Eddie the Eagle

Eddie the Eagle

The story of Eddie the Eagle walks a very fine line. As Great Britain’s first competitor in Olympic Ski Jumping, he was pretty much a joke who got in on a technicality, and his media success was as much to do with laughing at him as it was about admiring his pluck. This biopic generally treats him as a have-a-go hero, a man whose commitment to a sporting ideal took him to the top of his profession despite various elitists who tried to keep him down. Which doesn’t really get around the fact that he’s kind of crap.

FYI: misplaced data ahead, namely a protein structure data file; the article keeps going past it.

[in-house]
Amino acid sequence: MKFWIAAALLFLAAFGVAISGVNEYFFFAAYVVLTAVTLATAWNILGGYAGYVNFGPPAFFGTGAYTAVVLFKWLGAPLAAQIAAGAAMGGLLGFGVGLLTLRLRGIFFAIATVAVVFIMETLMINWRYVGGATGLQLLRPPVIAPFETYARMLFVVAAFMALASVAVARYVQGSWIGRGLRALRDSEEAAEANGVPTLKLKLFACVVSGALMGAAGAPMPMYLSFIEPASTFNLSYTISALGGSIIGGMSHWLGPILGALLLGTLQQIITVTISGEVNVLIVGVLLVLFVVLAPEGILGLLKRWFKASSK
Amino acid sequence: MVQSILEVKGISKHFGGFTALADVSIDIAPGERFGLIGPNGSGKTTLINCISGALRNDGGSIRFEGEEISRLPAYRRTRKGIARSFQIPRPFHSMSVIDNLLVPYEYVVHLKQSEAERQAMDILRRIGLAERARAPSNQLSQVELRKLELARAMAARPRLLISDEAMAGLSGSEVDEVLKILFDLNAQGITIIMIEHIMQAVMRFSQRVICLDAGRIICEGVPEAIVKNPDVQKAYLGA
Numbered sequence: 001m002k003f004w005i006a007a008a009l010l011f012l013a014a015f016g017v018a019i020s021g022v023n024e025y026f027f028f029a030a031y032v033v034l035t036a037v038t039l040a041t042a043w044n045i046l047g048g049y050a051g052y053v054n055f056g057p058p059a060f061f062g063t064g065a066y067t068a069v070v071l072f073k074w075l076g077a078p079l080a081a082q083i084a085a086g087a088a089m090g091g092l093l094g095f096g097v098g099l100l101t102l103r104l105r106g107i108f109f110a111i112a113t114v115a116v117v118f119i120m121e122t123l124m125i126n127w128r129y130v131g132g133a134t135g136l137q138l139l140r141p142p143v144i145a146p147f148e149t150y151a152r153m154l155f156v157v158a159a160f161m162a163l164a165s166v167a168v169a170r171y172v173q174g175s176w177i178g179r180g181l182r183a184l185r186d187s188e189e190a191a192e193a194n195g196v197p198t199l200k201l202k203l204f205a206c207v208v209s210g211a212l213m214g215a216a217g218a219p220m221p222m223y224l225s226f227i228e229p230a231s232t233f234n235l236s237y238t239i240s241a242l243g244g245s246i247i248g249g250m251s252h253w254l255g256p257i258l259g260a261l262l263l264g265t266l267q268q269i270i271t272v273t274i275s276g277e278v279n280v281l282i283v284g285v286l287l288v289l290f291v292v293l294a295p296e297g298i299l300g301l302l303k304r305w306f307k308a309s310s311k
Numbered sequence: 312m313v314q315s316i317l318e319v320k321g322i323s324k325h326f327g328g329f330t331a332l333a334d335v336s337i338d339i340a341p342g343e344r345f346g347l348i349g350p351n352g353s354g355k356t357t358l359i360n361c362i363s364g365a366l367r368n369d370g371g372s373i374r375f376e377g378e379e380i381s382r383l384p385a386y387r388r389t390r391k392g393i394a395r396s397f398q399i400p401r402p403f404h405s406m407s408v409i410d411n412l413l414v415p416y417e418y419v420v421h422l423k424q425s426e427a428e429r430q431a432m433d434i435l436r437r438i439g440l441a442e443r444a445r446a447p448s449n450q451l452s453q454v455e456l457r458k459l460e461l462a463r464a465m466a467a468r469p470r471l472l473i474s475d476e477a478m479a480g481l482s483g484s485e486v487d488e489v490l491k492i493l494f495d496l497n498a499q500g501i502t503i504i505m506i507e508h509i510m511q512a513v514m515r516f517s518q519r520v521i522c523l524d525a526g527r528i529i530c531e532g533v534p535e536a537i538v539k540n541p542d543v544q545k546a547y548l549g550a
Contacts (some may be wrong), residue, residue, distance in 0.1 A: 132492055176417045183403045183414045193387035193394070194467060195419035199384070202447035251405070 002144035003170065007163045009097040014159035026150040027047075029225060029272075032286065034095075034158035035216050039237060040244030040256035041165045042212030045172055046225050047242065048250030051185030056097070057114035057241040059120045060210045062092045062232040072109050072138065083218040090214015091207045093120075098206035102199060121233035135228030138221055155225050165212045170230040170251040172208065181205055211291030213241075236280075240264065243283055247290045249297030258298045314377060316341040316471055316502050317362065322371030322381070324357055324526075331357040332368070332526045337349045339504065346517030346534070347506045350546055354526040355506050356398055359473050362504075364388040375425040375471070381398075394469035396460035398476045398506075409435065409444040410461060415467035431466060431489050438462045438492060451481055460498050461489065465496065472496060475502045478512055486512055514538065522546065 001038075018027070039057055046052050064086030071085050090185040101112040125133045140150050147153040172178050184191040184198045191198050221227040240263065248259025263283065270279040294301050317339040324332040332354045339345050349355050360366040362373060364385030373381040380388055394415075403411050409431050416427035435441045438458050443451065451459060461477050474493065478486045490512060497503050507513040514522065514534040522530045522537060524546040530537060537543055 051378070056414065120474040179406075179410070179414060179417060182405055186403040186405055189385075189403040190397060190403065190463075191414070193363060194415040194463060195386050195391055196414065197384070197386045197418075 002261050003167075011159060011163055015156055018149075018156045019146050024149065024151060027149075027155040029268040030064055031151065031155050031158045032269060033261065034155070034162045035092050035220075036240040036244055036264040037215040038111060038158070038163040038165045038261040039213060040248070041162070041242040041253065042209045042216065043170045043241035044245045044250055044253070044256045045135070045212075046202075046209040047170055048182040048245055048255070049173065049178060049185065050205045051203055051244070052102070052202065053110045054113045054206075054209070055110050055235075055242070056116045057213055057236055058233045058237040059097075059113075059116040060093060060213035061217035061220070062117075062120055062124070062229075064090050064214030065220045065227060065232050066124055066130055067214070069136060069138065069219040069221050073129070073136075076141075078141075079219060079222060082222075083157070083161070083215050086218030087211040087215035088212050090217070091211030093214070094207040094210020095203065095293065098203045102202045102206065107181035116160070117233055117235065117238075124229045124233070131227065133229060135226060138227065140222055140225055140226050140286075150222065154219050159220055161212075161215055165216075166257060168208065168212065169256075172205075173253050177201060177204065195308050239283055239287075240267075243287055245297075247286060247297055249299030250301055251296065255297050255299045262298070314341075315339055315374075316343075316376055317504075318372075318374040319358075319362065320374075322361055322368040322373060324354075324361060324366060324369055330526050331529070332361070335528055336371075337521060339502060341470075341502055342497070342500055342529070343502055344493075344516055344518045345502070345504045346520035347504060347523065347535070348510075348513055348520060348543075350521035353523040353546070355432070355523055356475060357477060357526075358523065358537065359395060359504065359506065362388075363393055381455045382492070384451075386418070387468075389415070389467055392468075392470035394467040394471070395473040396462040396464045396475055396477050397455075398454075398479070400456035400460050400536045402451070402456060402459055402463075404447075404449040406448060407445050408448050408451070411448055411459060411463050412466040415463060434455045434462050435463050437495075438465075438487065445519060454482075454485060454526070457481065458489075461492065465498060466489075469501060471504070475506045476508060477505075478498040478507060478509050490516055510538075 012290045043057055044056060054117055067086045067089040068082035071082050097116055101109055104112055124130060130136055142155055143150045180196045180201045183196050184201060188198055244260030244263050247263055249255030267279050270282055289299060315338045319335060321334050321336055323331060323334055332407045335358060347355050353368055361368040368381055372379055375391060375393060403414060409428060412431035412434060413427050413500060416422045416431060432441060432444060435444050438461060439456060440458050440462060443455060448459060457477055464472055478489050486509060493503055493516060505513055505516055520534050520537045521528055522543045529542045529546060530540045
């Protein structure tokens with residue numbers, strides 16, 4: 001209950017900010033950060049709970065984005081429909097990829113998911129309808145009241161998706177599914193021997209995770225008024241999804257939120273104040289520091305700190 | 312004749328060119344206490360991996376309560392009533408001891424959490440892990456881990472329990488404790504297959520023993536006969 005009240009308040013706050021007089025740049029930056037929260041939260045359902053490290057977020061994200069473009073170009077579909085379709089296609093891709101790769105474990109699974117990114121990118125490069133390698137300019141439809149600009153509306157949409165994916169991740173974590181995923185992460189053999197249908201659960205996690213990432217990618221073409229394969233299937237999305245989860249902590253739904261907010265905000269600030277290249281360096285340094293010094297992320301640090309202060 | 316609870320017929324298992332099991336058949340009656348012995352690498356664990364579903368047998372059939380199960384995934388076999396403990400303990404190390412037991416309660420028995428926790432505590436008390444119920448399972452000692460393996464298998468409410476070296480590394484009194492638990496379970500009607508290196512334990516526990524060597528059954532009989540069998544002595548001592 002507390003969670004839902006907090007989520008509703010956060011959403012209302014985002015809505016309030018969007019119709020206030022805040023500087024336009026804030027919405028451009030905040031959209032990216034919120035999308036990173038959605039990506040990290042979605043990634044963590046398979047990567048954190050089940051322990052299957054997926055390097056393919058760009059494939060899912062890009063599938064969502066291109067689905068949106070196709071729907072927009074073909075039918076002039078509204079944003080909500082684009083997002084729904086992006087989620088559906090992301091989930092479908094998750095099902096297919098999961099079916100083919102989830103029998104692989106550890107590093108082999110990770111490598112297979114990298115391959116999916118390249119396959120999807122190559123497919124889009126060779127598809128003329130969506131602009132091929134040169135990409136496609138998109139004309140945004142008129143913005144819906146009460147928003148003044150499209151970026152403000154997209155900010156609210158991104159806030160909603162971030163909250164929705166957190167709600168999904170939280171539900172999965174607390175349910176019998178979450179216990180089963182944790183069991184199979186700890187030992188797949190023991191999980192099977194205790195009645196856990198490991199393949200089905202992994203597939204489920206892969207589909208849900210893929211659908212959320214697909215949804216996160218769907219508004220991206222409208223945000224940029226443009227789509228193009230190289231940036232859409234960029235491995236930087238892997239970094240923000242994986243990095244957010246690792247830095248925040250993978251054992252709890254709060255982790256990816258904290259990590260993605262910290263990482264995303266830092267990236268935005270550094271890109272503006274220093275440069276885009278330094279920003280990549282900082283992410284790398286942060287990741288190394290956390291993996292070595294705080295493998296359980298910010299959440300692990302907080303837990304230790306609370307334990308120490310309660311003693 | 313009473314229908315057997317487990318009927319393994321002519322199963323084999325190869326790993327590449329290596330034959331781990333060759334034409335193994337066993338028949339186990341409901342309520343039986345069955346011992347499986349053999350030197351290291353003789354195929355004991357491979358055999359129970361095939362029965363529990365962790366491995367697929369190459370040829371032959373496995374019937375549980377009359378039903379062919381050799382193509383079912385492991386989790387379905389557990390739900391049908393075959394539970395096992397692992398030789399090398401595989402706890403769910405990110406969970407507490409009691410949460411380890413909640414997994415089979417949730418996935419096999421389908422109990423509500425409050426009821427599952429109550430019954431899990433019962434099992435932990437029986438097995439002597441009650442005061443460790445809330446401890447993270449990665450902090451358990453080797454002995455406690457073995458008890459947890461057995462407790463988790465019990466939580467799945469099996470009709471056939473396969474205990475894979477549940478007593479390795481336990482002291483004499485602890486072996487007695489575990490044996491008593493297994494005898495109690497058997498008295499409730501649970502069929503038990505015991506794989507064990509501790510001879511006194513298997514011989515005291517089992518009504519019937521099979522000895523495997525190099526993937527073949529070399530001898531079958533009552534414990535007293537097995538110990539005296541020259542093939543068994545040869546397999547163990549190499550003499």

What saves this film – or at least makes it entertaining in a very clichéd way – is its good-nature. As Eddie (Taron Egerton) is a nice guy with a dream that isn’t hurting anyone (despite the fact that his event often kills people); as his surly, drunk, fictional coach Bronson (Hugh Jackman) gets to do his crowd-pleasing gruff but warm-hearted act. The plot runs on rails, as does Eddie on the training ramps, but director Dexter Fletcher shows flair during the many jumping scenes, conveying both the risks and the thrills (plus the complicated mechanics) of ski jumping. It’s a feel good film about a guy who came last every time.

Reviewed by Anthony Morris